Friday, 13 September 2013

Book Review: Norwegian Wood

Author: Haruki Murakami
Series: -
Published: 1987
Format: Paperback Kindle eBook

Toru, a quiet and preternaturally serious young college student in Tokyo, is devoted to Naoko, a beautiful and introspective young woman, but their mutual passion is marked by the tragic death of their best friend years before.  Toru begins to adapt to campus life and the loneliness and isolation he faces there, but Naoko finds the pressures and responsibilities of life unbearable.  As she retreats further into her own world, Toru finds himself reaching out to others and drawn to a fiercely independent and sexually liberated young woman.

Having never read a Murakami before, I was extremely impressed with this book; it depicts the life of Toru through the ups, and mainly downs, of his newly adult years. It is the story of a regular twenty something who is going through life - life isn't all butterflies and rainbows as is depicted in a lot of books, but is in fact sometimes gritty and rough to bare, which I feel is a more life like representation that this book illustrates wonderfully.

The writing in Norwegian Wood is absolutely beautiful and to think that this was translated from Japanese, it's amazing that it still held its rhythm and flow. It was in fact the flow of the prose that kept me reading, and although I'm not always one for overly descriptive scenes, this book knew where and when to stop. It was the descriptions of feelings and thoughts more than anything that I enjoyed; this created a bond between myself and the characters that I haven't felt for a while in a book and I genuinely cared for each and every one of them.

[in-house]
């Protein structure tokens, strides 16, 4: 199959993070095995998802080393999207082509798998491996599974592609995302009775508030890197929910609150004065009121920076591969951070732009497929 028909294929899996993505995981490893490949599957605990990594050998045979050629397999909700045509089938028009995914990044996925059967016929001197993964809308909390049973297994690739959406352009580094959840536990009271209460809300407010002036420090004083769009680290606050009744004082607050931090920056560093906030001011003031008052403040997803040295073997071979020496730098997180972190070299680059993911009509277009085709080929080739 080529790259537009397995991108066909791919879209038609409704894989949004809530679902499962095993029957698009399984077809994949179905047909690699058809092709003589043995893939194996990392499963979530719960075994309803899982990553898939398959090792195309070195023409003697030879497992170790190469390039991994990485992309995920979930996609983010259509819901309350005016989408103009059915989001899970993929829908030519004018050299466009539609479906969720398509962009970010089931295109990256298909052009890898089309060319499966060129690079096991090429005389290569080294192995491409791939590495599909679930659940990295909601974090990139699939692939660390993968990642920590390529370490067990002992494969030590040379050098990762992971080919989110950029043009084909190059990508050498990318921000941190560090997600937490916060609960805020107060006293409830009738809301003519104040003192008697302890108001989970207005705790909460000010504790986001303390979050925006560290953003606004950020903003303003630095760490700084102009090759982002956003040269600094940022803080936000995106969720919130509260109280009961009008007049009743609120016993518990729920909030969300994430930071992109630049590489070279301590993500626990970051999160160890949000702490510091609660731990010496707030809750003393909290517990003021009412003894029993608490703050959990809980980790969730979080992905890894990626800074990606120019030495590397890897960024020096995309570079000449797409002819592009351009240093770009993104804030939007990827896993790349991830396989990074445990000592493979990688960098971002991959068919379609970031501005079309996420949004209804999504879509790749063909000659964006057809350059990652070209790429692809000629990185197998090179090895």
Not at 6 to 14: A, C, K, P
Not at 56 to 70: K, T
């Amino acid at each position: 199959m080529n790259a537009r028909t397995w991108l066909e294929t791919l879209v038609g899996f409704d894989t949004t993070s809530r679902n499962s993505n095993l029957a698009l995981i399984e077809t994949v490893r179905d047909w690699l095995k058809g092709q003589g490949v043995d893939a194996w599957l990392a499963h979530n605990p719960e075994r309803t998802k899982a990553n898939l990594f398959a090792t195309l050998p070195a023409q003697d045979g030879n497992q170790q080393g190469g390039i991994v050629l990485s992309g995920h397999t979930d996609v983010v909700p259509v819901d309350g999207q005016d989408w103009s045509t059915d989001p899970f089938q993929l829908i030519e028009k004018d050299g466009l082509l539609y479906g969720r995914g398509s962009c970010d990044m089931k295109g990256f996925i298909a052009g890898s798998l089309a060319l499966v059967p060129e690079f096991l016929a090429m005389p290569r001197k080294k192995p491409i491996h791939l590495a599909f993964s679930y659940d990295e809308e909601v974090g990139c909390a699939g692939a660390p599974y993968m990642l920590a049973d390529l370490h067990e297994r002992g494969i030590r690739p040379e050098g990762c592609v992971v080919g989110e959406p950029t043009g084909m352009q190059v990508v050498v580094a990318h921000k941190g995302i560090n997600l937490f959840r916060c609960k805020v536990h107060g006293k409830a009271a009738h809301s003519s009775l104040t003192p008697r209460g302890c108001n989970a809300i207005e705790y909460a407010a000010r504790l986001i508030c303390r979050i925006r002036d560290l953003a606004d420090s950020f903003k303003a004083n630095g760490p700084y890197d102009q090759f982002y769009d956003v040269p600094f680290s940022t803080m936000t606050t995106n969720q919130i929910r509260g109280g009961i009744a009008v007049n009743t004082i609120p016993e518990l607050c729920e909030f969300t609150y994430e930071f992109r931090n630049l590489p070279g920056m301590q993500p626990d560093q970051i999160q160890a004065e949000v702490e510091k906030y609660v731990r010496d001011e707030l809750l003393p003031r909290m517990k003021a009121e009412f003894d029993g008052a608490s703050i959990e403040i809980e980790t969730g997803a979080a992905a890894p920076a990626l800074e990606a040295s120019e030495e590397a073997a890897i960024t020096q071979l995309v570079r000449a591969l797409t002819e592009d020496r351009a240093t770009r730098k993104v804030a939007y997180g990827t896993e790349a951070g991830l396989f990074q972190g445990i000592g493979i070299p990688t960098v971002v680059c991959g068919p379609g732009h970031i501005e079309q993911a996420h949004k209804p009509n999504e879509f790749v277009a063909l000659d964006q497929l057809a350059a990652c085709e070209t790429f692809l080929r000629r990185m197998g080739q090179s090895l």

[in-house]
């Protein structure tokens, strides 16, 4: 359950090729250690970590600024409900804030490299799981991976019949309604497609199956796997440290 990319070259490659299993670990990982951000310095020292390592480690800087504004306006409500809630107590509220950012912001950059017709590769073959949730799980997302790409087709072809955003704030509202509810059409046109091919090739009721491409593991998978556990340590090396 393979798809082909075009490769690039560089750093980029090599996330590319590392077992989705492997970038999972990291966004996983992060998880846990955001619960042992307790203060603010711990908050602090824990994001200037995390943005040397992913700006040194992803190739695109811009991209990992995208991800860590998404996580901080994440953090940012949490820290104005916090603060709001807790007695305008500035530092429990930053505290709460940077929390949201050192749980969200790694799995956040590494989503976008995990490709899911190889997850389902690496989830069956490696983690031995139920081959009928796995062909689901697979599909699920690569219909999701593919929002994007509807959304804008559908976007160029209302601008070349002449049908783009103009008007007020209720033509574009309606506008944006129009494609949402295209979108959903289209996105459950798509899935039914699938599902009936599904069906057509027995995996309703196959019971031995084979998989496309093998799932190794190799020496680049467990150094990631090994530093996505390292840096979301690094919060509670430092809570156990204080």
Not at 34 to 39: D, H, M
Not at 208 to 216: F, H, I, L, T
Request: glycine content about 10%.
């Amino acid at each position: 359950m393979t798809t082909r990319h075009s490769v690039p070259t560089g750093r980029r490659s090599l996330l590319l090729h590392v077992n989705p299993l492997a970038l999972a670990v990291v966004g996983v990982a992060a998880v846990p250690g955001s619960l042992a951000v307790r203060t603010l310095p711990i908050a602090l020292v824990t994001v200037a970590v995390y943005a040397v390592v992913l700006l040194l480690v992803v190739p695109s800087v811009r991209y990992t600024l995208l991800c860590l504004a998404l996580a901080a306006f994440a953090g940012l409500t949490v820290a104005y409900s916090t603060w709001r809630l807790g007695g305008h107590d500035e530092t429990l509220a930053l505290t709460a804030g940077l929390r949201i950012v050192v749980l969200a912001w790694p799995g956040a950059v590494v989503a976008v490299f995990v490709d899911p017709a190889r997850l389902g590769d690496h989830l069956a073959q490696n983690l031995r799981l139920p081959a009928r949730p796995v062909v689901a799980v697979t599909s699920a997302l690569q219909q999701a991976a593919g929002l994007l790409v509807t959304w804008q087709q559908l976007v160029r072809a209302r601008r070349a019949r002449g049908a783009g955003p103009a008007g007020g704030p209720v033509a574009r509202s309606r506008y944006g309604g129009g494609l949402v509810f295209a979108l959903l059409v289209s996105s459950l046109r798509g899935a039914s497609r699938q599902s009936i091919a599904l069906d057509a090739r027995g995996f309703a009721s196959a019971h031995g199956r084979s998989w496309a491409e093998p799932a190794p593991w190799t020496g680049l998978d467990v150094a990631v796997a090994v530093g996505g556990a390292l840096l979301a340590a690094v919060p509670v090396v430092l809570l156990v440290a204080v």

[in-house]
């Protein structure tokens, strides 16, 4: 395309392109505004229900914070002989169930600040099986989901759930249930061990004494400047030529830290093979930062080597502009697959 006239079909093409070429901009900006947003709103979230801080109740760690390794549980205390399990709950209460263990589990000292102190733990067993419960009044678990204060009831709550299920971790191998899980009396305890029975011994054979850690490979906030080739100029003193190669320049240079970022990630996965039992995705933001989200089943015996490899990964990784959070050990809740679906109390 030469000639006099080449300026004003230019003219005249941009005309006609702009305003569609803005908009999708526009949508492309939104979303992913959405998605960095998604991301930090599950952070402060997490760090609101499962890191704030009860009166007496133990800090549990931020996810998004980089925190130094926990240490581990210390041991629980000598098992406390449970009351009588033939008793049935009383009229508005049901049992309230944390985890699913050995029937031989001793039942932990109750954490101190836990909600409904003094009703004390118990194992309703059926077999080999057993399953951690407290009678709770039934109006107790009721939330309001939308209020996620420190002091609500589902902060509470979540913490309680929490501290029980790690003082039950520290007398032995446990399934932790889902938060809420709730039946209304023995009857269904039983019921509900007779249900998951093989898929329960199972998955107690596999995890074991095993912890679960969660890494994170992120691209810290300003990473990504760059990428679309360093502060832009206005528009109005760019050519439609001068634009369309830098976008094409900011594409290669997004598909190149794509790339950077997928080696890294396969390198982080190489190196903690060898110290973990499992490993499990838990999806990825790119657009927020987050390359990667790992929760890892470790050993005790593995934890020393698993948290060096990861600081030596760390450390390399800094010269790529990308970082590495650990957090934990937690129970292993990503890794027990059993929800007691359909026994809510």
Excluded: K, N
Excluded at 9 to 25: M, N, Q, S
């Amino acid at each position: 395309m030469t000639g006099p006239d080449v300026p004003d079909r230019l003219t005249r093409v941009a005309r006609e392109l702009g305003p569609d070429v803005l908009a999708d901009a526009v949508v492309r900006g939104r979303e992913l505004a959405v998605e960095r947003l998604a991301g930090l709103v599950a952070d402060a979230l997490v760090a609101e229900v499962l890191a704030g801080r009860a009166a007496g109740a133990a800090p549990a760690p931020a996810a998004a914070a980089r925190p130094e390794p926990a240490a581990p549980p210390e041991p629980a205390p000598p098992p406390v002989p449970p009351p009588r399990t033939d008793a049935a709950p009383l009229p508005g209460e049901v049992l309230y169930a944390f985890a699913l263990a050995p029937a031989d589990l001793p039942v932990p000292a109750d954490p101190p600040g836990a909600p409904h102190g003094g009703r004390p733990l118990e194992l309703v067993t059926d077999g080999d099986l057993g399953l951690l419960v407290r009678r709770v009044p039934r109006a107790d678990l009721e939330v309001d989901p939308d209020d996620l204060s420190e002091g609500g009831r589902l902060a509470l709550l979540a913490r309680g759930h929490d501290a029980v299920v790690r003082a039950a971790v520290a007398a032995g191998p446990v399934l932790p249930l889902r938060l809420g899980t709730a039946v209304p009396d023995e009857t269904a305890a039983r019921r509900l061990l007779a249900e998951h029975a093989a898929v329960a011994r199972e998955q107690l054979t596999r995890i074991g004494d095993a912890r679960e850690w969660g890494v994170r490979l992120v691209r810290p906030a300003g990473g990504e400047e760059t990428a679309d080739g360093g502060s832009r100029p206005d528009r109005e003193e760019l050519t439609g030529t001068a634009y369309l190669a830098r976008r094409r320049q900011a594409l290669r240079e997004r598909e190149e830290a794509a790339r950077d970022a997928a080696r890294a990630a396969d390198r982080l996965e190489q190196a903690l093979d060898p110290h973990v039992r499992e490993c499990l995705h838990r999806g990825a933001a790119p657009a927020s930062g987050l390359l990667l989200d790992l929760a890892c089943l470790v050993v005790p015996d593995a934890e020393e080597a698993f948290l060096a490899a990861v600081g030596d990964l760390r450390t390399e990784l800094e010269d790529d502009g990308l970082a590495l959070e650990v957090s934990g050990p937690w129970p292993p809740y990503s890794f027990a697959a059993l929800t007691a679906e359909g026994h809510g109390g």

There's something about this book that I thoroughly enjoyed, but I can't quite put my finger on it, there's something different about it. All I can say is that I thoroughly loved this book and I still think about it to this day.


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